When we opened the door, splash

And tremble of the horse tails and umbrella grass.

Then, sometimes, if we kept still we’d spot

Between the green mesh its dark, volcanic back

Jutting from the water and its eyes – black holes

Drawing us in, sizing us up – before it slid

Beneath the surface not breaking the surface.

Rarely, rarely now it will freeze on the water’s edge

And let us watch as long as we remain well

Within ourselves – unlike ourselves – barely

Breathing before the small ugly god overlooking

The world it brought our senses to.

by Eric Nelson

First published in The Oxford American

(Summer 2009)


At the out-of-business Christmas tree farm,

The unchosen have grown

So large they aren’t Christmas trees


Like former child stars

They have at last

Become themselves. Starless

They grew into their names – pine, spruce, fir –

Spreading upward and out, filling

The gaps where the others once were,

The ones with one life,

Briefly lit.

by Eric Nelson

First published in Batteau

and reprinted in the chapbook

The Twins, Split Oak Press 2009

Saturday, May 1, 2010

SACRED FIRE - Three Poems by Brenda Kay Ledford

from Sacred Fire

Sacred Fire

Monday morning hiking
the river cane path,
home of the Cherokee.

A monarch butterfly cutting
through denim blue skies,
lilac asters caress

the banks of Brasstown Creek.
A parchment leaf floats
on bubbles, blackberry brambles

ramble along the trail.
A poplar lifts golden palms,
goldenrods pulse in a chilled breeze.

Walnuts plop crusty shells
to the ground, and a maple
burns likesacred fire.


Arrested dragged from homes,
driven at bayonet point into
stockades in a chilling rain.
Cherokees loaded like cattle

drven toward the West.
Bugle sounded, wagons rolled
and children moaned good-bye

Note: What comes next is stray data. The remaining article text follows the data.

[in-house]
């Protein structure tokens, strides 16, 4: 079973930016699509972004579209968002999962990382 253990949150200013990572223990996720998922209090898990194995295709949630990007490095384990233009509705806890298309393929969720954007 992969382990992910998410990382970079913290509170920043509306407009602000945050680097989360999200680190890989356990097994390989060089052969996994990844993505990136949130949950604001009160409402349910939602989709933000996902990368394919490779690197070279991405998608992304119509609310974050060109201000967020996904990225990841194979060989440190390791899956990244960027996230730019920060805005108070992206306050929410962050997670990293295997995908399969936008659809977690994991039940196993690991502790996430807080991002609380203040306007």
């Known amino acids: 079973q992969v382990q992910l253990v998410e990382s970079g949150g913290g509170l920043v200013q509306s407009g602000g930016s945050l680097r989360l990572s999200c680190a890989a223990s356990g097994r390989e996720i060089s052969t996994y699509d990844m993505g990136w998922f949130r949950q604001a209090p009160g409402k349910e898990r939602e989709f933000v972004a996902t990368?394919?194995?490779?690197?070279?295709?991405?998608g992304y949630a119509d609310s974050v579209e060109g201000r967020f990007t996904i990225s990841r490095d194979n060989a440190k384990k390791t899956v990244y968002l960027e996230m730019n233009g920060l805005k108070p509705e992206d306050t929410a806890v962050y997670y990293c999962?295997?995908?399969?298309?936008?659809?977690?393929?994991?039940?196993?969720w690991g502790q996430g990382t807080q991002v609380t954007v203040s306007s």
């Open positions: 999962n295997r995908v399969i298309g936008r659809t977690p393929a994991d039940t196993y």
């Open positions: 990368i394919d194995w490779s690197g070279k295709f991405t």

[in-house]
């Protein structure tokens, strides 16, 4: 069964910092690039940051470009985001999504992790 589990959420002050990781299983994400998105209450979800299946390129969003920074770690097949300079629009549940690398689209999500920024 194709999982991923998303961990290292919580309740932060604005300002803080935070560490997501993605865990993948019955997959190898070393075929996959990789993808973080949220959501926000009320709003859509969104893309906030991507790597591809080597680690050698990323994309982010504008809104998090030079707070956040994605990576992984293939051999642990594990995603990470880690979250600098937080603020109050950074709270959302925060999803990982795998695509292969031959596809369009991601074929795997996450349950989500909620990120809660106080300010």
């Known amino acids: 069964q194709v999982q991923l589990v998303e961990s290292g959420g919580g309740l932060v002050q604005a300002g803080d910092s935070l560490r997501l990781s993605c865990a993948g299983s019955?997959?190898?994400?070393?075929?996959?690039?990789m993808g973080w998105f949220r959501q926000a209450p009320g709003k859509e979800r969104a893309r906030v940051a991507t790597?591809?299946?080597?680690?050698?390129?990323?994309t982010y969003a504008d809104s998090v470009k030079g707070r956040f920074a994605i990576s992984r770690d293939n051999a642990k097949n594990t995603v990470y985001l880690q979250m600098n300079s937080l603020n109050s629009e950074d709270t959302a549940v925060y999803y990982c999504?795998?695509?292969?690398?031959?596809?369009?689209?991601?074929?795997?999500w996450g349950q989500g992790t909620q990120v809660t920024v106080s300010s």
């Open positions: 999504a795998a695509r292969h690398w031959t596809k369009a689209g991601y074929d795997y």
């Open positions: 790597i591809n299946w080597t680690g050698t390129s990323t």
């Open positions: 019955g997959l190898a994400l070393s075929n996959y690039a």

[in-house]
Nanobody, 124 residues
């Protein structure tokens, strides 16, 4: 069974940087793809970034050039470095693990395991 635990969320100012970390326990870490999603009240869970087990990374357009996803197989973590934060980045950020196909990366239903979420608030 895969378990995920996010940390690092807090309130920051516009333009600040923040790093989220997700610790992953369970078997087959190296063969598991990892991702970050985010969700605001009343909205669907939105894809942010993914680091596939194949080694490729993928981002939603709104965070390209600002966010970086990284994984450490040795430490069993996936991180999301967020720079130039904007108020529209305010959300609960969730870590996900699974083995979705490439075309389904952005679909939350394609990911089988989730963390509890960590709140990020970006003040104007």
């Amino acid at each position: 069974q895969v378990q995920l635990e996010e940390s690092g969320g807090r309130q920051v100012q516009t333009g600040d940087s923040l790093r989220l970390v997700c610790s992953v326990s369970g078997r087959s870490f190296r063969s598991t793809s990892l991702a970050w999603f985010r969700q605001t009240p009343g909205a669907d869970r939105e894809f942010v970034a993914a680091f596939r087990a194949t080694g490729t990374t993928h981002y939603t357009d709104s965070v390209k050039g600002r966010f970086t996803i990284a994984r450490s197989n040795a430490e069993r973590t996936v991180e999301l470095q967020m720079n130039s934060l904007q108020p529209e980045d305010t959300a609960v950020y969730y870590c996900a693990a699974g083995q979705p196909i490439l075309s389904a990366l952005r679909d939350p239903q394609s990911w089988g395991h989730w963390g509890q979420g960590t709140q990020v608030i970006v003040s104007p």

to their mountain homes.

Snowstorms, fateful journey
over the Trail of Tears.
Twenty-one Cherokees ascending
the upper world in one night.

Victims of hunger, thinly clad,
sleeping on ground without fire.
Blinding sleet, Native Americans
herded toward th black-painted sun.


Joe-Pye weed,
Floral bouquet of fall.

Oak leaves,
braves pulsing in the wind.

Voices of the past,
I draw living waters.

embers on the pond.

A wedge of geese
honking over Brasstown.

Faded drum beats,
fog ascends to the upper world.

Brenda Kay Ledford is a native of Clay County, North Carolina. She earned her Master of Arts in Education from Western Carolina University. She studied Journalism at University of Tennessee and Tri County Community College in Murphy, NC. She is the former Creative Writing Editor of Tri-County Communictor.

Her writing has appeared in Pembroke Magazine, Asheville Poetry Review, Main Street Rag, Cappers, Appalachian Heritage Magazine, and Our State. She is a long time member of N.C.W.N., NC Poetry Society, Byron Herbert Reece Society, Georgia State Poetry Society, Tennessee Mountain Writers' Club and is listed with A Directory of American Poets and Fiction Writers.


A lovely "offering" indeed is Brenda Kay Ledford's Sacred Fire, a homage to her Cherokee Indian grandmother, her Scots-Irish ancestors, and the Appalachian Mountains she calls home.
This collection details a mountain heritage from Shewbird Mountain to Hyatt Mill Creek, where "apple blossoms wash the hills" and an eagle casts its shadow over/arrowheads buried in the soil." These lines from "Tracks" exemplify both Ledford's love for this land and her appreciation of the dark underside these mountains have witnessed, as in her poem,"Removal," in which she unflinchingly describes The Trail of Tears, Cherokee "driven at bayonet point into/ stockades in achilling rain and in "Buried Memories," which notes ruins of mining town, sharecropping, and "timber stripped from bleeding hillsides." Dispite the pain and desolation present in this patchwork of Appalachian moments, Sacred Fire is in the end an uplifting book, filled with beautiful images lovingly rendered. --Maureen Ryan Griffin, award-winning poet, author, writing coach and public radio commentator in Charlotte, North Carolina.